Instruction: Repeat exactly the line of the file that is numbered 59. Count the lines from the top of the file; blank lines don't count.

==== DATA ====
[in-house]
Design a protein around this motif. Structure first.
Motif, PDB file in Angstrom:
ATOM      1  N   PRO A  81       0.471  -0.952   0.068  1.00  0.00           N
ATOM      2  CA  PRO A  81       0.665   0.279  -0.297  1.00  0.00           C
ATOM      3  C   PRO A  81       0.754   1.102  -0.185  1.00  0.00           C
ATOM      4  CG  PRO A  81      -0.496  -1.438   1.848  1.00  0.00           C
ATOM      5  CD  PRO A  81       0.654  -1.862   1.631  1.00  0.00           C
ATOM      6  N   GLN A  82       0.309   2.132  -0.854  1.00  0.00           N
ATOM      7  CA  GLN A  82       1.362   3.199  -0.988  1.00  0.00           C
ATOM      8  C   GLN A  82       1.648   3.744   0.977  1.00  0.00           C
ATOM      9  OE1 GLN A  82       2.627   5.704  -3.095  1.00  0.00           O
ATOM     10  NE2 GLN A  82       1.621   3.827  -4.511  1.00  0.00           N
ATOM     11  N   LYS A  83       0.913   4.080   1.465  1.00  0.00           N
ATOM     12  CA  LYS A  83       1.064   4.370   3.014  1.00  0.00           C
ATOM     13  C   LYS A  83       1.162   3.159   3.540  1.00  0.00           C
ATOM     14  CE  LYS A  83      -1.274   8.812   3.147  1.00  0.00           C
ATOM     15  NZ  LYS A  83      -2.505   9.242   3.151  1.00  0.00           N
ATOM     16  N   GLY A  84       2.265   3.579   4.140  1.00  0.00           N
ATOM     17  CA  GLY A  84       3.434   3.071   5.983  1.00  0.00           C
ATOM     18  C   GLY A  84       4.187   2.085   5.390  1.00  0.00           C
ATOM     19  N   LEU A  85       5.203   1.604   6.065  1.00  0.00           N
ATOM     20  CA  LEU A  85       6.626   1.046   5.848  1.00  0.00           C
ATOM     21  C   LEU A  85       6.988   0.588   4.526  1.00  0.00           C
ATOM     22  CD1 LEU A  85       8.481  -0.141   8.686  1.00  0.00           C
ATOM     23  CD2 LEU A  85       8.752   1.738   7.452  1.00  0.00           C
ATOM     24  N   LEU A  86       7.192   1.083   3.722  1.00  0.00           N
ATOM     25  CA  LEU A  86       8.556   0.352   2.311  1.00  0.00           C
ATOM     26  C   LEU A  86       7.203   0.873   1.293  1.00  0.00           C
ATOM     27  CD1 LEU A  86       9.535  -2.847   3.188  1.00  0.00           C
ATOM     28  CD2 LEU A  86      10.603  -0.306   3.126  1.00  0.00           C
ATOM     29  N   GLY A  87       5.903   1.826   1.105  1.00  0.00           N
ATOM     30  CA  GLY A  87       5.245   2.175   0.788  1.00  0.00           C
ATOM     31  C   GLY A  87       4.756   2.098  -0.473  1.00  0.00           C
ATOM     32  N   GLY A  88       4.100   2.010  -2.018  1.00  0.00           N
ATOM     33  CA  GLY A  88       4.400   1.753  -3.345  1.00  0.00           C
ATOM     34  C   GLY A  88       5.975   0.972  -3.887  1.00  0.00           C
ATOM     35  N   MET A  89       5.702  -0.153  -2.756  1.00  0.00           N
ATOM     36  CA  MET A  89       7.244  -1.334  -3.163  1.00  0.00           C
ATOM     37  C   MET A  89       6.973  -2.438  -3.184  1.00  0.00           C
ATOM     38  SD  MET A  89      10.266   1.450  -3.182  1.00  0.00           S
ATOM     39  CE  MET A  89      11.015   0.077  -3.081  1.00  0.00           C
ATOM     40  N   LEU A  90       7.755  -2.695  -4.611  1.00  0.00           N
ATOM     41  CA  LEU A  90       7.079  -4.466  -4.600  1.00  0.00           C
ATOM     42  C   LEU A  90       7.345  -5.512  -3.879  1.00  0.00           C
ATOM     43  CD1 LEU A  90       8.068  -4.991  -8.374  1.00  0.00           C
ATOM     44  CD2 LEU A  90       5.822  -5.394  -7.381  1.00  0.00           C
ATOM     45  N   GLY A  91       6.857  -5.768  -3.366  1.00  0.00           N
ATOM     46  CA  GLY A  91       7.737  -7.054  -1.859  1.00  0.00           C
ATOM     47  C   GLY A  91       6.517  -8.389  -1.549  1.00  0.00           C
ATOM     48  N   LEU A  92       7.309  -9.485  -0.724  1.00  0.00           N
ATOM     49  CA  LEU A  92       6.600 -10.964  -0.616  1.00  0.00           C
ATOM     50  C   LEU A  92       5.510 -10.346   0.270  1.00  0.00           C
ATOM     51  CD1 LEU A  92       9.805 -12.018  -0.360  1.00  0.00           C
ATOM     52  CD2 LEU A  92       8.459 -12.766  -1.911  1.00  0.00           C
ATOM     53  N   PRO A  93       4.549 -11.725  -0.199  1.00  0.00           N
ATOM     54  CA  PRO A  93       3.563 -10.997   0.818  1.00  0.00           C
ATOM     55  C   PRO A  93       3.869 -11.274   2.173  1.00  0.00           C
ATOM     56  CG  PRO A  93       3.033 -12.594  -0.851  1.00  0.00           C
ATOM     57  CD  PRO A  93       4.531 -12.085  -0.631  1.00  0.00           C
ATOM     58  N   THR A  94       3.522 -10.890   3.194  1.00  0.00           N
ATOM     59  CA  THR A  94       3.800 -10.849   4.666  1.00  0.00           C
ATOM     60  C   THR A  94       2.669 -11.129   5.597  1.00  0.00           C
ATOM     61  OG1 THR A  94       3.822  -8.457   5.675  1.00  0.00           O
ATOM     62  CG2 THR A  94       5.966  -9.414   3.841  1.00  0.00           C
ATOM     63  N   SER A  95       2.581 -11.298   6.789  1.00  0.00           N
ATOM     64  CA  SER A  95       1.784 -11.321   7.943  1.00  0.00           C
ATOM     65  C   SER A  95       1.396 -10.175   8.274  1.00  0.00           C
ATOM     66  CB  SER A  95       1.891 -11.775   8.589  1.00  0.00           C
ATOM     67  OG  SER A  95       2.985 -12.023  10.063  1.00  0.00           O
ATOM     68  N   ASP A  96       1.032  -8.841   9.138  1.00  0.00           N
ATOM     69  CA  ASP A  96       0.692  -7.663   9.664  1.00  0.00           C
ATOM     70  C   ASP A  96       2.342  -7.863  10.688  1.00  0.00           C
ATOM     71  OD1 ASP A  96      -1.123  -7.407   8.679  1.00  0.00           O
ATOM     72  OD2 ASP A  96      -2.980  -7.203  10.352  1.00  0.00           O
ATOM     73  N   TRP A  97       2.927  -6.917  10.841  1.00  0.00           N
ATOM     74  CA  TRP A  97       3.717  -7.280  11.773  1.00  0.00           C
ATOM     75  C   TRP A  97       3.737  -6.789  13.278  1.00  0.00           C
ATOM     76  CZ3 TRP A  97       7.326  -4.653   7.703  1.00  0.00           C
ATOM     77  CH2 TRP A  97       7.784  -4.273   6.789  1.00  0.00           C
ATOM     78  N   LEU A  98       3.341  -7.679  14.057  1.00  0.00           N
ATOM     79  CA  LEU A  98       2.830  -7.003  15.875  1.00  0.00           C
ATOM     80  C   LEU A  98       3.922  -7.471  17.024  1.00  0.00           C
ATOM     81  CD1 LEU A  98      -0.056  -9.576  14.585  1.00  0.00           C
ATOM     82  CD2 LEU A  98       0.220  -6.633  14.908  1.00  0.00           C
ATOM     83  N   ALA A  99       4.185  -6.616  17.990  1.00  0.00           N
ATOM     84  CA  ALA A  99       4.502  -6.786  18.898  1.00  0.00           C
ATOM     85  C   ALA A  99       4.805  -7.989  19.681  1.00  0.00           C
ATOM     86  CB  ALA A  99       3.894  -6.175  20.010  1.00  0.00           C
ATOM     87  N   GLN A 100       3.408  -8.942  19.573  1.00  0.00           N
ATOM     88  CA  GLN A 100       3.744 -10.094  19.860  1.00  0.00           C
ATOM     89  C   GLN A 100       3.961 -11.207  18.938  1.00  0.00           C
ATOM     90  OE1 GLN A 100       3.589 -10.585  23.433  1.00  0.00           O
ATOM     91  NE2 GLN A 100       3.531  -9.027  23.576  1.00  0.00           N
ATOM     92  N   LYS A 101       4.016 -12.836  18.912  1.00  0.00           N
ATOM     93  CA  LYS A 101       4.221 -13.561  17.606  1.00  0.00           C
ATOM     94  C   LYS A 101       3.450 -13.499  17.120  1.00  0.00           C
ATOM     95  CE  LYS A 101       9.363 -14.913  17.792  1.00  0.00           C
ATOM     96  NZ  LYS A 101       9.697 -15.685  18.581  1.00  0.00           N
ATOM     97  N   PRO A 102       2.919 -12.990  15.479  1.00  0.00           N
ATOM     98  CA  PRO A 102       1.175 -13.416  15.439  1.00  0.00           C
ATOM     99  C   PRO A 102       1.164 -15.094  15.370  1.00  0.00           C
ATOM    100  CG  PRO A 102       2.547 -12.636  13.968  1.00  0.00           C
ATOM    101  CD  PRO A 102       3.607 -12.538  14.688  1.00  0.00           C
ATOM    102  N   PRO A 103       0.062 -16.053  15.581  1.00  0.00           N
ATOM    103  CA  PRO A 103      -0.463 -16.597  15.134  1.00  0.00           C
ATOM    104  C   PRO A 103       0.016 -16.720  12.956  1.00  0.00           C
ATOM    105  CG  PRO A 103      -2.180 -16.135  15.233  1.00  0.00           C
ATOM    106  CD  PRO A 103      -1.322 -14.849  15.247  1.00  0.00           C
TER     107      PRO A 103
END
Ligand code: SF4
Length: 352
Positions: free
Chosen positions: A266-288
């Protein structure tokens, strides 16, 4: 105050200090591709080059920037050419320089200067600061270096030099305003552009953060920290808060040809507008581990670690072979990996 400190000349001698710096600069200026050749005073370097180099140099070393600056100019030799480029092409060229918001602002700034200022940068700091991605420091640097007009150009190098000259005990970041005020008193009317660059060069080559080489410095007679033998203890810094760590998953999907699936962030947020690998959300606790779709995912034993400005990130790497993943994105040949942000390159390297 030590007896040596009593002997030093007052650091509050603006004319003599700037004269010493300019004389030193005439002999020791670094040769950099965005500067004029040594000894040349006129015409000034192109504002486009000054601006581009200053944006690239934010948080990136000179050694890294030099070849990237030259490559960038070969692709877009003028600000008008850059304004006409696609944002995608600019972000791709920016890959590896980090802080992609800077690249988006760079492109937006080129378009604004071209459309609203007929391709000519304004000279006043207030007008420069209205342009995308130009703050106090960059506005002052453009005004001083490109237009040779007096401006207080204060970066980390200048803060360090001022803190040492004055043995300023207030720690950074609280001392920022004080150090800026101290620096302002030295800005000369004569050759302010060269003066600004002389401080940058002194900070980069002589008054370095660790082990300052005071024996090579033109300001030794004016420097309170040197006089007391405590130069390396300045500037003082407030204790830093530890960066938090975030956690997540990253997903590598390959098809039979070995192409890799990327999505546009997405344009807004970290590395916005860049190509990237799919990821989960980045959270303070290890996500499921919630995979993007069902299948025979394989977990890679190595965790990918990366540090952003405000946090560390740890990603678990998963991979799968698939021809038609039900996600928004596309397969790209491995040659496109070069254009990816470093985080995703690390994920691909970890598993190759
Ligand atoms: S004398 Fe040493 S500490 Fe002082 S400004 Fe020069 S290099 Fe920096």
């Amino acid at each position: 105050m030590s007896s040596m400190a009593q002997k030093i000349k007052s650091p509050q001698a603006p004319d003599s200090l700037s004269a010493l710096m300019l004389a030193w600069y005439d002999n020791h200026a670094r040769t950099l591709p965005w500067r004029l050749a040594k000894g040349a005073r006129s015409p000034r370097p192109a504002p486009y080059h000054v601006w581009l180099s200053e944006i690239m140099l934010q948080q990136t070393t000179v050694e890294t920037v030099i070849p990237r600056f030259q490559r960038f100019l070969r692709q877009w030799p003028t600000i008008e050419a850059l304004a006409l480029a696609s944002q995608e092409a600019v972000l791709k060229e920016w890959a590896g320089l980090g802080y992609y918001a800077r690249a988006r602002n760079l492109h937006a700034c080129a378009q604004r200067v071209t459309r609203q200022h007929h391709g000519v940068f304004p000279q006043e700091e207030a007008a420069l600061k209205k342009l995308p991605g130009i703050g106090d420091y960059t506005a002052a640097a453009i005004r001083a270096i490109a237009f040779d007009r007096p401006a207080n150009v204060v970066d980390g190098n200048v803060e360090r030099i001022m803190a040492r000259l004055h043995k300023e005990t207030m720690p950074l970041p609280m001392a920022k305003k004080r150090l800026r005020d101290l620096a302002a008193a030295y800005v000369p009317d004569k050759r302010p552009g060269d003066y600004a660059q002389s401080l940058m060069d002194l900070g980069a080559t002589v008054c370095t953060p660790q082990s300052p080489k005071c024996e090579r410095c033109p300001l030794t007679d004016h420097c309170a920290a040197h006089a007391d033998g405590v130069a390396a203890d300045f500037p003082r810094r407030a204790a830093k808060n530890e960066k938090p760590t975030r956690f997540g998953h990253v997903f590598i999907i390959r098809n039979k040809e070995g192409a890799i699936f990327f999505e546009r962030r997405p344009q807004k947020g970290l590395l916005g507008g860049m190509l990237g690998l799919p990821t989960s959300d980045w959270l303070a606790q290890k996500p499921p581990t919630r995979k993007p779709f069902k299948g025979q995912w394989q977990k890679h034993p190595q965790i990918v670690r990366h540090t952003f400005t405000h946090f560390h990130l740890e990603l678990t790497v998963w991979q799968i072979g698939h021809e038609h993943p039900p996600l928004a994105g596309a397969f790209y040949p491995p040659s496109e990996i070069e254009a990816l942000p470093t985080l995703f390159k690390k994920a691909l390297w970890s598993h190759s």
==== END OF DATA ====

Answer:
ATOM     56  CG  PRO A  93       3.033 -12.594  -0.851  1.00  0.00           C